Fabric is two dimensional, meaning that it has a length and width but no depth. Your body, on the other hand, is three
dimensional. It has places that curve in and places that curve out. A piece of flat fabric must be sewn so that it
accommodates a non-flat surface. This is done with the use of darts and pleats.
Darts are straight stitch lines that connect areas of fabric that must fit properly to the body. For example, darts
may take in bulk in the center back of a man's fitted shirt. They may be placed at back shoulders to allow the shirt to be looser
at the shoulder blades, but taper in up at the shoulder seam. They can also be placed on the sides or under the bustline. The top
of a skirt often has darts to allow the skirt to be full at the hips, but taper in at the waist.
A dart starts and stops without creating any puckers in the fabric. In other words, the dart lies flat on the fabric. When
sewing a dart, careful tapering from the largest part of the dart, to the end of the dart, is important. If you abruptly end
a dart, you will get puckering. A dart is made by folding the fabric, and then sewing from one end of the dart to the other end of the dart.
In the diagram on the left below, the dart runs from the outer edge of the garment out to the bust area. Fold the dart along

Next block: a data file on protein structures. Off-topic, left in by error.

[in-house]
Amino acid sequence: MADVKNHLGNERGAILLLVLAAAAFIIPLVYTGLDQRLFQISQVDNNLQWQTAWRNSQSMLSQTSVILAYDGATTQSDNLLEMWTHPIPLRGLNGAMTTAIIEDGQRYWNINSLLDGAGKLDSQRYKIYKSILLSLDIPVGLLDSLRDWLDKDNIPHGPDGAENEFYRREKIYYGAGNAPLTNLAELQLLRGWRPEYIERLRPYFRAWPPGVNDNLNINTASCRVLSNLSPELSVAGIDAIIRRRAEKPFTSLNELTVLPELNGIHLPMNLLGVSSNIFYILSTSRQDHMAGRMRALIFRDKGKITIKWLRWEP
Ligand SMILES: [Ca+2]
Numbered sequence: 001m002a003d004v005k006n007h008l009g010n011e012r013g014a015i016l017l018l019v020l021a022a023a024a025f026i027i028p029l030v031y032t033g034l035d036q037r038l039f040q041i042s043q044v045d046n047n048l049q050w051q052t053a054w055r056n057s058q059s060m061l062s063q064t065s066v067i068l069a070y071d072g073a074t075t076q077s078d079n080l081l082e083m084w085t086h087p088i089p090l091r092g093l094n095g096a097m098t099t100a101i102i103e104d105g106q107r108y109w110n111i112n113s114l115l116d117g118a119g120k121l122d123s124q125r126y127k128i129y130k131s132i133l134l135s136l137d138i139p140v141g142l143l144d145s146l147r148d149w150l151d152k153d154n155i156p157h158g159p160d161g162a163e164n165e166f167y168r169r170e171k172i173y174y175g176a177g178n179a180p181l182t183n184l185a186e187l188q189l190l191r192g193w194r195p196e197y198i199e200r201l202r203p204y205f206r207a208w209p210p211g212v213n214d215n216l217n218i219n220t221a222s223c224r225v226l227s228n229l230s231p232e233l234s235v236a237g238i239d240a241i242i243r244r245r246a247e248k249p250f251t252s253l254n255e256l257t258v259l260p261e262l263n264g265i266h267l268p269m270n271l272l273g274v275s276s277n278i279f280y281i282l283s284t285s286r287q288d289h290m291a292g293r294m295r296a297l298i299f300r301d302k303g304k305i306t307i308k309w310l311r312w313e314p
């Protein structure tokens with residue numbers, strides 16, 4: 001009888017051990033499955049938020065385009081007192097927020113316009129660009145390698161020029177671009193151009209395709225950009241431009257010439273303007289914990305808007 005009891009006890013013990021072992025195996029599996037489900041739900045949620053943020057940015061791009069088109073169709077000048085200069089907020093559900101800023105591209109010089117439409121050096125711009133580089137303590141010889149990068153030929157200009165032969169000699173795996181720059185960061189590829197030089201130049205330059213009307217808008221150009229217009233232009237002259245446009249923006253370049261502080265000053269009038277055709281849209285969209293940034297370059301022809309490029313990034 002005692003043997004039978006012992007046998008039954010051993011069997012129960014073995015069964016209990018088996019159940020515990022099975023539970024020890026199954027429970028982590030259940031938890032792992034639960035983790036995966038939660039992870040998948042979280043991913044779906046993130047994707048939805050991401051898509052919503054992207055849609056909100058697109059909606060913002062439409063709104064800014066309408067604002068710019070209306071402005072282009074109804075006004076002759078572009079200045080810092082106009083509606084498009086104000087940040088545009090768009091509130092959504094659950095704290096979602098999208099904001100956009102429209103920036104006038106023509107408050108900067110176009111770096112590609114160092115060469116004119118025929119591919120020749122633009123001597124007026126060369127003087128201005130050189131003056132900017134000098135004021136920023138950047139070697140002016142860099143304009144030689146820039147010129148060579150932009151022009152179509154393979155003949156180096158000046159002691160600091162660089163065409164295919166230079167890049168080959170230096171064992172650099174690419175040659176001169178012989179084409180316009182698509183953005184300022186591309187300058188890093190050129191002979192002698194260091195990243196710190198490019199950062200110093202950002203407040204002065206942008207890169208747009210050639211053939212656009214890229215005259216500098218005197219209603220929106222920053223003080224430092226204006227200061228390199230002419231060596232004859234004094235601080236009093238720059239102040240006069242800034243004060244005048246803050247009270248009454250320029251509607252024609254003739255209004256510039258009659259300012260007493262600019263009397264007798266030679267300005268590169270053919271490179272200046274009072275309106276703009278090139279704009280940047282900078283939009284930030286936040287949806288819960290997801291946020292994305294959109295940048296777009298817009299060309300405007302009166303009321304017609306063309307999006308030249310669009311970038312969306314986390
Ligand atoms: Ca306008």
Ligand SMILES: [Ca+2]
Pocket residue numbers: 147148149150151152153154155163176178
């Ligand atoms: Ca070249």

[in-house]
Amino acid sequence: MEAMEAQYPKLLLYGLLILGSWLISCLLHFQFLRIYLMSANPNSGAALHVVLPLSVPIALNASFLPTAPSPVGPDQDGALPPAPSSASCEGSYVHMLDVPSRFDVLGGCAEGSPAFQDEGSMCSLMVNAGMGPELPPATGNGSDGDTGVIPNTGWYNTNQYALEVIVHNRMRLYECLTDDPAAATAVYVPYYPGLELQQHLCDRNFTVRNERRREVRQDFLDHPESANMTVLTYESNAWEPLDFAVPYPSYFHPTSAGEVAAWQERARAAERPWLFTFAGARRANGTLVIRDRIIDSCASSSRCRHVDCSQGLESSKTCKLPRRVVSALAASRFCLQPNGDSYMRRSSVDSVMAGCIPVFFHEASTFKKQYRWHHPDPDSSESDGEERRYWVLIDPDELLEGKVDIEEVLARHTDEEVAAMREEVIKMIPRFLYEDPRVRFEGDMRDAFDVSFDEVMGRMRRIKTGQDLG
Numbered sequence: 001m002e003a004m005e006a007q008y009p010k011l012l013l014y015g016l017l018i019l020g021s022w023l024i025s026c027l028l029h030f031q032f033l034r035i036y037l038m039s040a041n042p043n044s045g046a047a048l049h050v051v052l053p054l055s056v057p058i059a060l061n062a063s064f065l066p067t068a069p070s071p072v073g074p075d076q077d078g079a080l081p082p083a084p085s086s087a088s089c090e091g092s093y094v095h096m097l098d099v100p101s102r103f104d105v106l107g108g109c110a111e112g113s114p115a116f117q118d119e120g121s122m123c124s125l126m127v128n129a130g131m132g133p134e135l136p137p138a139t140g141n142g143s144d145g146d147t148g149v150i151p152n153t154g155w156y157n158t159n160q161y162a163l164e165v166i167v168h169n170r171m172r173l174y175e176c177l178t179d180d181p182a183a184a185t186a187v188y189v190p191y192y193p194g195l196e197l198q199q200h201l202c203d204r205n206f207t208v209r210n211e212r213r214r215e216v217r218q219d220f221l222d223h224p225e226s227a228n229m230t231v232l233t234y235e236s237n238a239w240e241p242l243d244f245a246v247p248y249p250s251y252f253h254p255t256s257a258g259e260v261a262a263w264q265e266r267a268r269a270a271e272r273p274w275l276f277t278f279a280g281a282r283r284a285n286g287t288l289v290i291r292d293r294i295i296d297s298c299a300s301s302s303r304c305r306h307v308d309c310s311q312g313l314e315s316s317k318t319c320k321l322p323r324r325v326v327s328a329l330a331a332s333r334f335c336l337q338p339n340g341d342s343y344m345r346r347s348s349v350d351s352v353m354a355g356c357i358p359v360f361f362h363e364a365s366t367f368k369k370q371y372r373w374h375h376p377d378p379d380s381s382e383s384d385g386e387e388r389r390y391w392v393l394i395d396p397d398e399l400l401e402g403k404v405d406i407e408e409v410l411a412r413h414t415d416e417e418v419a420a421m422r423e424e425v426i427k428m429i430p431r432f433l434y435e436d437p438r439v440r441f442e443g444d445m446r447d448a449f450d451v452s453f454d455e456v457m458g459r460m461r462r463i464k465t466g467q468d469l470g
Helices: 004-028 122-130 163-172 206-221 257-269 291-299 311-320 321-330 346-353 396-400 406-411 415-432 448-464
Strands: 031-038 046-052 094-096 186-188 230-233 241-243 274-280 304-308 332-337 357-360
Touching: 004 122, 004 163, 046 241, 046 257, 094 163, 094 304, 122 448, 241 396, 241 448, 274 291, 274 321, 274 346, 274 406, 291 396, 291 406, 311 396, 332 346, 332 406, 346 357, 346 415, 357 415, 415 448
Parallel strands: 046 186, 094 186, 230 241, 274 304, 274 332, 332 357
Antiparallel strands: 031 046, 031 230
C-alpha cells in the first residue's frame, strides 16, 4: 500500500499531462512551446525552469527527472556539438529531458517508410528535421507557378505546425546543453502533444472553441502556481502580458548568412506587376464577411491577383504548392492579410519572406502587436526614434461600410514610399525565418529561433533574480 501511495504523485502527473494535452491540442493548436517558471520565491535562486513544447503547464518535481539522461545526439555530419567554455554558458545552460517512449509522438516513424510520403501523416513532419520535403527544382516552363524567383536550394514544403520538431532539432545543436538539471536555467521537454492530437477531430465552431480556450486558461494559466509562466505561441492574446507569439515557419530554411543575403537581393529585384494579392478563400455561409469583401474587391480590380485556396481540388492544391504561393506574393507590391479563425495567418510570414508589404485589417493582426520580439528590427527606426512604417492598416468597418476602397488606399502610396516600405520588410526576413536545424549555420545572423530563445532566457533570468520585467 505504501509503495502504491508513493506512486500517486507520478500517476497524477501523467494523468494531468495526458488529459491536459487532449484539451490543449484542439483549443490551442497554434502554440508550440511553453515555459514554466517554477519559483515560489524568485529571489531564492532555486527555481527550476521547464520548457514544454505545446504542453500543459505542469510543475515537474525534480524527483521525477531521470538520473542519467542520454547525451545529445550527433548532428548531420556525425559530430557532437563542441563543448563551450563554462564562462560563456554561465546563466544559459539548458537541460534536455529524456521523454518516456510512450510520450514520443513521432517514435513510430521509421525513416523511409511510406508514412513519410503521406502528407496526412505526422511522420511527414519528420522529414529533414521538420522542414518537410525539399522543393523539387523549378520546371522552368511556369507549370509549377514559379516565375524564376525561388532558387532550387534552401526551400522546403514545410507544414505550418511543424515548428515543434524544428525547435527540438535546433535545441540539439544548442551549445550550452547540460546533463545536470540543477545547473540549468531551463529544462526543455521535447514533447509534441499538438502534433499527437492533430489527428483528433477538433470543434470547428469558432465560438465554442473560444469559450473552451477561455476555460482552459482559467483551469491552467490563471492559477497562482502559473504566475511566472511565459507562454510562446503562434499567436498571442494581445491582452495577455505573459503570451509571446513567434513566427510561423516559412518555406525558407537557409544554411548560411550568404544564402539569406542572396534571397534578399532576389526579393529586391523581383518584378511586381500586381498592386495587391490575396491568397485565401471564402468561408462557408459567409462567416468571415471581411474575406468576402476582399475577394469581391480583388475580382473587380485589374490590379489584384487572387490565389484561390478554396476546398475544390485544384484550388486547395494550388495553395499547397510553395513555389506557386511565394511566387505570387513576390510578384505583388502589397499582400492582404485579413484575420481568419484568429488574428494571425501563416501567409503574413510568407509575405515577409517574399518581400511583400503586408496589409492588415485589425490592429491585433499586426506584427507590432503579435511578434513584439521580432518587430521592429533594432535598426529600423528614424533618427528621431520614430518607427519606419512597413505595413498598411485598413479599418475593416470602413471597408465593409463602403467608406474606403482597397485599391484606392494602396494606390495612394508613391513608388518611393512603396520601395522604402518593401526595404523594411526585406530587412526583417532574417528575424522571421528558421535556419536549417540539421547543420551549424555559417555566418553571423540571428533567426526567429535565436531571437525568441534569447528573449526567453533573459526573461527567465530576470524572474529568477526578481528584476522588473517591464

the center line, lining up Point A with Point B. Sew from the outer edge to the point of the dart. Take a couple of extra
stitches at the point, very close to the folded edge. This helps prevent a pucker at the end of the dart.
If the dart is in the middle of a garment (such as a dart up the back of a shirt), fold the dart along the center
line, then sew from one folded edge, along the line shown on the pattern (curves away from the folded edge) area and back again to the folded edge.
Refer to the diagram on the right below.
Pleats allow fabric to be fitted in one area and fuller in another area, and they also cause fullness at the end of the pleat.
A pleat is made by folding the fabric, and stitching a straight line at some distance parallel to the fold. Because the stitching
abruptly stops, there is a lot of fullness at the end of the pleat.
Topstitched Pleats The image below shows topstitched pleats. In this type of pleat, the fabric is folded, then the
fold is topstitched on the RIGHT side of the garment. The folds are created on the RIGHT side of the fabric, then pressed to one side, then topstitched in place.
All stitching is done on the right side.
Hidden Stitch Pleats
The images below show pleats created by stitching a seam a certain distance from the fold on the WRONG side of the fabric
. The folds are pressed to one side and all that shows on the front is the seam line. All stitching is done on the wrong side.
For more detailed instrucions and more photos go to pleated apron